What It's Like to Have Flashbacks When You Live With Borderline Personality Disorder
I’m in the passenger seat of a car, driving home from the grocery store with my partner. I’m staring out the window. My mind is racing — it’s always racing. All of a sudden, I’m back in grade five. My stomach clenches in fear as I lean against the corner of two stone walls where I would sit at recess to avoid people. I can feel my chest aching, worrying about the next interaction I’ll have with the group of girls that bully me. I’m still staring out the car window and yet somehow I’m in two places.
I’m watching my favorite show and drinking tea. The words the fictional characters are saying to each other start to fade into the background. I’m transported back to a fight I had when I was 19. I can feel my anger choking me as the person tells me to shut-up. I am ready to cry, scream and punch things. Then I notice the aftertaste of tea in my mouth and I can hear the voices from my show again.
I’m reading a book about learning how to love myself. I feel empowered and inspired. I see the words, but I can no longer read what they say. I’m lost in my head and I’m going back to a moment when I felt disgusting and ashamed. I can feel the self-loathing coursing through my veins. My skin tingles and my eyes are getting wet. My chest is tightening and my jaw is clenched. I feel like the black hole inside is going to swallow me whole, and then I come back. I can read the words again but there’s still an emptiness in my stomach. My chest hurts and I feel tired. I no longer want to read about how to love myself.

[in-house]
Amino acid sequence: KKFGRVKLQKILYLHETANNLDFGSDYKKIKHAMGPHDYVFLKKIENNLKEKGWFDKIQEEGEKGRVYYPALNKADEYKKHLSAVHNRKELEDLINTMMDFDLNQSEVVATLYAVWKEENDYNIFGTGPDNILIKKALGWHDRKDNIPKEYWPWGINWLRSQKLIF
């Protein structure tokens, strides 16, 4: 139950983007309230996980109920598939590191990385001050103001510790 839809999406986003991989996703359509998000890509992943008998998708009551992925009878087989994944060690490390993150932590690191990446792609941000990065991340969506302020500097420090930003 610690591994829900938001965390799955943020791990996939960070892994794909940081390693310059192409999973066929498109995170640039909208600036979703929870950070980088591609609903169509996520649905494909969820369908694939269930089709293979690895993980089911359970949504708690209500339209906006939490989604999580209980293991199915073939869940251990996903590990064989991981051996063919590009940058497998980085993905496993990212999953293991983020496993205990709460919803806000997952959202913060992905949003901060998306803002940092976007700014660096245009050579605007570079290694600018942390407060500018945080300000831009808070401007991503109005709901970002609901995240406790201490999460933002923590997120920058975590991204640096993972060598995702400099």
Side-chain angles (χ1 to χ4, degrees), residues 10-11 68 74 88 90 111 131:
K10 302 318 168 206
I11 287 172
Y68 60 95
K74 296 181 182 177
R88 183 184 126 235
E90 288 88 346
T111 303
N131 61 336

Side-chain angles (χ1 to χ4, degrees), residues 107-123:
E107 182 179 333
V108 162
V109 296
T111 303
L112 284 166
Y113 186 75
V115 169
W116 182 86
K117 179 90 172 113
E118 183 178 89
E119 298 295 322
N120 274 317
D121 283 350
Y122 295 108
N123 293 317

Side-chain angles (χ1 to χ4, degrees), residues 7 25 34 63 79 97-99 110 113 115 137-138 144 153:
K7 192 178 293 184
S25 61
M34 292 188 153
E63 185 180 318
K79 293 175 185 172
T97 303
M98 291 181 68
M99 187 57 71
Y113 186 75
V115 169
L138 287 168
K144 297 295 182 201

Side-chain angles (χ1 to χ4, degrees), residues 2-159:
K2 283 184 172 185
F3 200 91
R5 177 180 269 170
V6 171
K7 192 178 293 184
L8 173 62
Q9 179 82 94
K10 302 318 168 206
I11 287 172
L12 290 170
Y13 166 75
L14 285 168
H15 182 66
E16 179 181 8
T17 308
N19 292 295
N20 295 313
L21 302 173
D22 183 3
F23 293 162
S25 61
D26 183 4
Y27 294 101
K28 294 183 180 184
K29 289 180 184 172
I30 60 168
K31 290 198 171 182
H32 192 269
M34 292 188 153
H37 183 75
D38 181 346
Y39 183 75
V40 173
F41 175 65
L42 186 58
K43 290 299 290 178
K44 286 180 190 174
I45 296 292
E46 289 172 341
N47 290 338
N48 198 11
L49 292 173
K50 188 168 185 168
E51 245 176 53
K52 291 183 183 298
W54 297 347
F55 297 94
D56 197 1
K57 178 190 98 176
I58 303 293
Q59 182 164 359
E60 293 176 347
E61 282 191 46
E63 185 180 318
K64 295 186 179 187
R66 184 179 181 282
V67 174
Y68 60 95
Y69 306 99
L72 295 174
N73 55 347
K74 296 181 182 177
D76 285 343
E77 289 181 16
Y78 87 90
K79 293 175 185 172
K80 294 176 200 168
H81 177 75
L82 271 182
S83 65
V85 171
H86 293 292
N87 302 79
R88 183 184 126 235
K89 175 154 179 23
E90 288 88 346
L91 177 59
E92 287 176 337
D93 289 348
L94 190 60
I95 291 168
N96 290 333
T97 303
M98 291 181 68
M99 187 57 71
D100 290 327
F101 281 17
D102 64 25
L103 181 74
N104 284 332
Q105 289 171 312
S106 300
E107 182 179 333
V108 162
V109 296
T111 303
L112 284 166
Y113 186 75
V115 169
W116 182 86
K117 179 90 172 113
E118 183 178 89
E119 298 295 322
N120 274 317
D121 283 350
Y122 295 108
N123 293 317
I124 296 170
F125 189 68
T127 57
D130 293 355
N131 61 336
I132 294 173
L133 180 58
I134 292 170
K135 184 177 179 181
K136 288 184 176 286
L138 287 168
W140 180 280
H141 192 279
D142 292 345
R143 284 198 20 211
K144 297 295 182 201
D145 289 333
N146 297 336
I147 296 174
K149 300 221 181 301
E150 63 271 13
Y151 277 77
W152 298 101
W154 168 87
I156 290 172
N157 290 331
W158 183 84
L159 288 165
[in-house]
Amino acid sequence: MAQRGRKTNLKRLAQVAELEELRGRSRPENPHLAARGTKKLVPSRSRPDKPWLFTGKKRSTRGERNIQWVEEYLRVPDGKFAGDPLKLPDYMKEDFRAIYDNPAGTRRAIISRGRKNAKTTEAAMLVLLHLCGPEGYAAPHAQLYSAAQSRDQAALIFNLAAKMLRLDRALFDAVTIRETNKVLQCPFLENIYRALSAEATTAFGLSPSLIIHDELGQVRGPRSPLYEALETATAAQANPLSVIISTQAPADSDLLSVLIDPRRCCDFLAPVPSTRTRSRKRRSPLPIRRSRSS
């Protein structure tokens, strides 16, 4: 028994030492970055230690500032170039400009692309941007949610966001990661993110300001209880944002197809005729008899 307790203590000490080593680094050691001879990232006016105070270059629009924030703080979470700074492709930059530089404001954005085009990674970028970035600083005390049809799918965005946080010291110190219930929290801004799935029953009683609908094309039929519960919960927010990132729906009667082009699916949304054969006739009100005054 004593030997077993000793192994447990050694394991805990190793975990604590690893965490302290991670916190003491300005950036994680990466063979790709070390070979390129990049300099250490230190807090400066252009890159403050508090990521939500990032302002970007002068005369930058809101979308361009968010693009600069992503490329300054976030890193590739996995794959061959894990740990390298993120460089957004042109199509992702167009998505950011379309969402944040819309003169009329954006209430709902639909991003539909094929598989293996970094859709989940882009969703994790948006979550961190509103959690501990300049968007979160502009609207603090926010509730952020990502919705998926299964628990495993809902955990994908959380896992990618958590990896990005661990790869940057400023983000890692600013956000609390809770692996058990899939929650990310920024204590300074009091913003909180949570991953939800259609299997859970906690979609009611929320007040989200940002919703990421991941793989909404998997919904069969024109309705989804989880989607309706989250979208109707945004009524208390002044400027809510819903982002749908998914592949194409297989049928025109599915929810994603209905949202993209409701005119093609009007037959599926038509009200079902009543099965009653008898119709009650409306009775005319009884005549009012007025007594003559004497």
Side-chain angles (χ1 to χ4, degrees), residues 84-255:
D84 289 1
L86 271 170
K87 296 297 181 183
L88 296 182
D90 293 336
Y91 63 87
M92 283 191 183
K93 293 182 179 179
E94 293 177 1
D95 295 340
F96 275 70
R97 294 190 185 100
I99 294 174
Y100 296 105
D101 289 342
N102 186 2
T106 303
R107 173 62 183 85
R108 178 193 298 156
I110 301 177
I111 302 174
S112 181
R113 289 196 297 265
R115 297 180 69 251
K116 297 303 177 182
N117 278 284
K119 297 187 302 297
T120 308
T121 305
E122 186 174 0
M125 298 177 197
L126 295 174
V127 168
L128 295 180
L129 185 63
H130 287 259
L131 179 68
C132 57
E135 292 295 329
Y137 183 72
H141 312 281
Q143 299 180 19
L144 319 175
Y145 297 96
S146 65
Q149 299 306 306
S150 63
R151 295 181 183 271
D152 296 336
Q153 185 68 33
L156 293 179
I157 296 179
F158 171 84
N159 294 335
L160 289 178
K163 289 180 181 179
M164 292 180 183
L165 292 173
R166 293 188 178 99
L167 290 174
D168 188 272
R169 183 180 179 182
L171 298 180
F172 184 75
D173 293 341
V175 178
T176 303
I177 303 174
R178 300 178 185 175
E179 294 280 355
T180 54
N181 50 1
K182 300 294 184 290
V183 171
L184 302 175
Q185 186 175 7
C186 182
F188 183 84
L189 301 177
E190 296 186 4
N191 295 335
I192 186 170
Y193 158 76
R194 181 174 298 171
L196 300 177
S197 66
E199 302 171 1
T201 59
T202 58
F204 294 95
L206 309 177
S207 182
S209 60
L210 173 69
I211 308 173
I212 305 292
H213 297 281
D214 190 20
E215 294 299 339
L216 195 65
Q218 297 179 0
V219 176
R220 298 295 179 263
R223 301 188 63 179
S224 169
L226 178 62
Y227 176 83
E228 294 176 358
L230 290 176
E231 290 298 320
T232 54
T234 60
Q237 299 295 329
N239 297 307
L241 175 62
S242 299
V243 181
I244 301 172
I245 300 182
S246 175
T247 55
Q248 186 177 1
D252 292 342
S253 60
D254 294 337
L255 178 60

These are what I call flashbacks. Some people may experience them differently, but this is what it feels like for me. My mind is constantly flooded with thoughts, one triggering the next, then the next. My thoughts are a stream of pictures, smells, voices and sounds. Sometimes they are merely a flash and other times, I am gone. I disconnect from the here and now and I am lost in the past. I flash back to a memory and in that moment, it feels real. I know it’s not real because I am still wherever I was when I started, but the flood of emotion it brings with it makes it feel like it just happened. I am constantly reliving my trauma and being reminded of the things I want to forget. When I have a flashback that includes someone who hurt me, it’s extremely hard not to carry that pain with me again, even if we’ve been on good terms for years since then.
When I come out of a flashback, I take some deep breaths. I remind myself it’s not real and that it’s just a memory. I tell myself that although I have a past, I don’t live there anymore. I practice my DBT Skills and prioritize self-care. I reach out for support if I need it and I let myself rest. Doing these things for myself often makes me feel better, but sometimes all I can do is wait it out.
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Thinkstock photo via alexandralarina.